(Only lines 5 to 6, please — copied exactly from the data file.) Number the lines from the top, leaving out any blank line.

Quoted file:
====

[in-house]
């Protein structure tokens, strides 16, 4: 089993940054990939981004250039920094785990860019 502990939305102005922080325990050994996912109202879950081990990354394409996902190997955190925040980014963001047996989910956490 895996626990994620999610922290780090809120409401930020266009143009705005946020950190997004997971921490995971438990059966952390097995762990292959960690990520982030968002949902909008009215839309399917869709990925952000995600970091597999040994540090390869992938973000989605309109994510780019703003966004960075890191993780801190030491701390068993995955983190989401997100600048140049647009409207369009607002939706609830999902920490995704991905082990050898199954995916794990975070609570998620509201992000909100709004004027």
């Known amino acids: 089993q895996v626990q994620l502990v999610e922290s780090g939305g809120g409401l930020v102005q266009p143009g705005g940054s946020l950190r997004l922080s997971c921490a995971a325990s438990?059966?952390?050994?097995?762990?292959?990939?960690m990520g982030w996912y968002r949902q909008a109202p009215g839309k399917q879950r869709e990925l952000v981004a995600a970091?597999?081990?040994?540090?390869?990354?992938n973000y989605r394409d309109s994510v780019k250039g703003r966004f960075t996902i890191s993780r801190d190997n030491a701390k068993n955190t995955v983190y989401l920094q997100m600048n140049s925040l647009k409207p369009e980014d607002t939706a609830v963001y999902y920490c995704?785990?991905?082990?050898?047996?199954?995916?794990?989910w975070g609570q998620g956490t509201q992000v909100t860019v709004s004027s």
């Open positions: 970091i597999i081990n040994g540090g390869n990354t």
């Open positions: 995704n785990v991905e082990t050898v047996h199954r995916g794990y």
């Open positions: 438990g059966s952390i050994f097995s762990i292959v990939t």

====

């Open positions: 995704n785990v991905e082990t050898v047996h199954r995916g794990y």
């Open positions: 438990g059966s952390i050994f097995s762990i292959v990939t």